Ever feel like your life has little to no meaning? That your existence is very likely non-essential, and the world probably wouldn't be much different if you weren't around?
Well, you're probably right!
Each and every one of us, even our celebrities and world leaders, are infinitesimal motes of life living on a speck of dust (relatively speaking) in a galaxy that itself is merely one of about 176 billion. Our ~100-year lifespans are practically nothing compared to the universe. Makes you feel pretty insignificant, doesn't it?
Even our greatest scientific minds – perhaps especially them – understand this fact very well. Here's an excerpt from Carl Sagan's Pale Blue Dot, in my opinion one of the greatest pieces of philosophy ever written:
“The Earth is a very small stage in a vast cosmic arena. Think of the rivers of blood spilled by all those generals and emperors so that in glory and triumph they could become the momentary masters of a fraction of a dot.
Think of the endless cruelties visited by the inhabitants of one corner of this pixel on the scarcely distinguishable inhabitants of some other corner. How frequent their misunderstandings, how eager they are to kill one another, how fervent their hatreds. Our posturings, our imagined self-importance, the delusion that we have some privileged position in the universe, are challenged by this point of pale light.
Our planet is a lonely speck in the great enveloping cosmic dark. In our obscurity – in all this vastness – there is no hint that help will come from elsewhere to save us from ourselves.”
Now, you could stop reading right here and start developing a sort of apathy, this feeling that everything you've ever done, or will ever do, are essentially pointless actsin the larger scheme of things. It all sounds pretty cold and hopeless, doesn't it? But therein lies the beauty. It's all about using these feelings of apathy for good, if that makes any sense.
At the end of his Pale Blue Dot piece, Sagan beautifully illustrates what I'm getting at:
“To me, it underscores our responsibility to deal more kindly with one another and to preserve and cherish the pale blue dot, the only home we've ever known.”
I wish I could go back in time and hug this man. He nailed it. There are so many things humans fight each other over. We struggle so hard all our lives to wrestle anything and everything from one another – whether it's food, wealth, power, fame, civil rights, education, or even a spot in traffic – and for what?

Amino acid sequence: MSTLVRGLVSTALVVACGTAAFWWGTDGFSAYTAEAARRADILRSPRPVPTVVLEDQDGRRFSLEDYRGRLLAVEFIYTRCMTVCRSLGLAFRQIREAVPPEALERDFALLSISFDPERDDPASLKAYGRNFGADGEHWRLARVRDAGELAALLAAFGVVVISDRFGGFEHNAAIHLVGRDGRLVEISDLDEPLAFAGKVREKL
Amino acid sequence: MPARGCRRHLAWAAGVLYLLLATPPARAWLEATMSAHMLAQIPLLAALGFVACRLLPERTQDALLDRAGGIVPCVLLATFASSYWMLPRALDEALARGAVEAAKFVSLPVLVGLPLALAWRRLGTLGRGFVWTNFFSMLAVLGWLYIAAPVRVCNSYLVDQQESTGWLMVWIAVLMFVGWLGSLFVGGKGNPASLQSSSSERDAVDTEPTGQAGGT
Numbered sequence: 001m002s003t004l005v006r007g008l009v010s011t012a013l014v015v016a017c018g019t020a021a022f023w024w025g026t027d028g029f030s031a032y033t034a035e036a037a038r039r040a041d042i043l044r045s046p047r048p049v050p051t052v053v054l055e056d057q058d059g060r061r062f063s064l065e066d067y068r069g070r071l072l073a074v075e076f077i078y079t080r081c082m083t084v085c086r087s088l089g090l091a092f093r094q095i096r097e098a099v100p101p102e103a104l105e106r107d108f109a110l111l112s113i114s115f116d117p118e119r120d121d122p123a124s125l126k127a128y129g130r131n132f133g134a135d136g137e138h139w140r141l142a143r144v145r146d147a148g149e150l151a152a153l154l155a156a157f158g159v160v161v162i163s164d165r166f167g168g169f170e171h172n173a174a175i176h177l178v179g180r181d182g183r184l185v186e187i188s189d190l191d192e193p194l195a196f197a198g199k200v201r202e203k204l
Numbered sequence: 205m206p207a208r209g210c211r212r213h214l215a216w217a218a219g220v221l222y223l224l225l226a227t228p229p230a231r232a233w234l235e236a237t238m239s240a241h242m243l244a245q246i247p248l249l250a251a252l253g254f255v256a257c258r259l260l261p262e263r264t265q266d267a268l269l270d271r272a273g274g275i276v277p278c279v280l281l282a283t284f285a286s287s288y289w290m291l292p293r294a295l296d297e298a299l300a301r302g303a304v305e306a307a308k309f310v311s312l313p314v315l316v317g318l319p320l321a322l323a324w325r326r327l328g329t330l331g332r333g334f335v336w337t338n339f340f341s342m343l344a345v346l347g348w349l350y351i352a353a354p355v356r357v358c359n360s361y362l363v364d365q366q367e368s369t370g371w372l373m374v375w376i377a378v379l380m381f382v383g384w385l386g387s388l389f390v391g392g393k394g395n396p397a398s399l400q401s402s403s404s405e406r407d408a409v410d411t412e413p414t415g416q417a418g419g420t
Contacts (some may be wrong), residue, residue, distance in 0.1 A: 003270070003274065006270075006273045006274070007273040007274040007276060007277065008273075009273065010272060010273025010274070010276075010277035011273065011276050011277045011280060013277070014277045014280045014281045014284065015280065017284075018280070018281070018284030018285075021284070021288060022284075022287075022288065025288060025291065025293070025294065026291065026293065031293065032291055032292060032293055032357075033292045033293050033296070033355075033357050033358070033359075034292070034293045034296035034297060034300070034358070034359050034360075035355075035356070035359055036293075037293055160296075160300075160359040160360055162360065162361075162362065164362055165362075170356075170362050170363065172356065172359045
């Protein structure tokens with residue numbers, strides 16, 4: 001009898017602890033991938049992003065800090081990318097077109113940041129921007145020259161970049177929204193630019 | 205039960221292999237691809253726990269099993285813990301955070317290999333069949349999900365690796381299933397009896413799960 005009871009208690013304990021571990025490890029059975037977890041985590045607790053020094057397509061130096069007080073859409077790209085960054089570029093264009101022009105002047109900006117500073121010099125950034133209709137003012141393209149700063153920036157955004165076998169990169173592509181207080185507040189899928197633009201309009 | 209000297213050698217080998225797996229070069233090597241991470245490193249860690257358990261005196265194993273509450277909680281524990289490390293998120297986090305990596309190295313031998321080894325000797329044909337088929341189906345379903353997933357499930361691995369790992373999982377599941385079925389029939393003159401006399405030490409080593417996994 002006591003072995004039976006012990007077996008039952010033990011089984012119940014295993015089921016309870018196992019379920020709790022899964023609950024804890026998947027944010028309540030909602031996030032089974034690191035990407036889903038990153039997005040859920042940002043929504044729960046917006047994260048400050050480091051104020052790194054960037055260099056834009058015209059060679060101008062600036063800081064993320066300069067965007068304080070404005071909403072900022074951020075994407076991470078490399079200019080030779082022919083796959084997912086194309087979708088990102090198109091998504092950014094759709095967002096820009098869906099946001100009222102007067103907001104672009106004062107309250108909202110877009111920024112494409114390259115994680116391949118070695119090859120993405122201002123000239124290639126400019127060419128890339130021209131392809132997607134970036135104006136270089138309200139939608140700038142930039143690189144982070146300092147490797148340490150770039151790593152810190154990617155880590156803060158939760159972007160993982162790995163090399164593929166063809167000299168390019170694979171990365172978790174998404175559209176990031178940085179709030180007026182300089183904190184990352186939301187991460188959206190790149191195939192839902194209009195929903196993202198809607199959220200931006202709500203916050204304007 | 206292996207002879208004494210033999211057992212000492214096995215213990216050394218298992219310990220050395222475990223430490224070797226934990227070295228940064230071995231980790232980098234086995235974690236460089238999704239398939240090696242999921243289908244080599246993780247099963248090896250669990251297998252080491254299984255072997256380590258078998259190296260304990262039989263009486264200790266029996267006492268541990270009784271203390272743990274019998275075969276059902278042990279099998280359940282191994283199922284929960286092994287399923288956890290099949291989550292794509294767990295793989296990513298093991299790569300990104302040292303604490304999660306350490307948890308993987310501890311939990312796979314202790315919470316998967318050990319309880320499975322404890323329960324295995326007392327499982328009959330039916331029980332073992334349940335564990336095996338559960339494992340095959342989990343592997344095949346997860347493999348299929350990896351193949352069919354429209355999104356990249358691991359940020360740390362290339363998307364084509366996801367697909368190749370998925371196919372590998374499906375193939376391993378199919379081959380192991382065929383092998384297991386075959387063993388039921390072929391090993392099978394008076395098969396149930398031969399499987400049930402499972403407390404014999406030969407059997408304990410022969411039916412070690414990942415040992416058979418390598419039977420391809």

There are so many great things our species could be accomplishing right now, if only we weren't so hung up on who's marrying who (no matter their gender), what one of our ancestors did or said to another's ancestor, the brands/companies other people choose to purchase from...I mean, I could go on all day.
If only more people realized how insignificant these arguments were, and decided to focus instead on the problems that might actually make a difference for us in the long run – say, global warming or healthcare or space travel – we might start making real progress towards...whatever it is that we're going to do throughout the next billion years.
Realizing your own insignificance is also helpful to letting all sorts of little annoyances just roll off you instead of allowing them to hang over you like a cloud.
Some guy cut you off in traffic. The waiter got your order wrong. Your boss is nagging you excessively about being two minutes late. Your kid spilled their drink all over the floor. You forgot to pay a bill.
These things can certainly be irritating, but why waste your precious little time in this world being upset about them? Just take a deep breath and try to move on with your life. Focus only on what adds happiness to your life. Forget negativity wherever possible.
This also applies to anyone who feels stuck in a dead-end job, spending their days wishing they could be doing something, anything else. Steve Jobs said it best, really:
“Remembering that I'll be dead soon is the most important tool I've ever encountered to help me make the big choices in life. Because almost everything – all external expectations, all pride, all fear of embarrassment or failure – these things just fall away in the face of death, leaving only what is truly important. Remembering that you are going to die is the best way I know to avoid the trap of thinking you have something to lose. You are already naked. There is no reason not to follow your heart.”
And if you start telling yourself, "but what if the thing I love doing doesn't pay enough money?", listen to Alan Watts:
“When we finally got down to something, which the individual says he really wants to do, I will say to him, you do that and forget the money, because, if you say that getting the money is the most important thing, you will spend your life completely wasting your time. You'll be doing things you don't like doing in order to go on living, that is to go on doing things you don't like doing, which is stupid. Better to have a short life that is full of what you like doing than a long life spent in a miserable way.”
Am I making sense with all of this? Am I just rambling? I don't know. I guess what I'm trying to say is, you've got to find your own meaning in this world. Thankfully, it doesn't really matter what you choose, so long as it makes you happy and hurts no one else. The only thing that can stop you from trying is yourself. That's the magic of being insignificant :)
I really hope this helps someone in some way, and I will be referencing this post myself in upcoming months as I finally get off my butt and try to escape my own crummy desk job. Have a great rest of the week, everyone!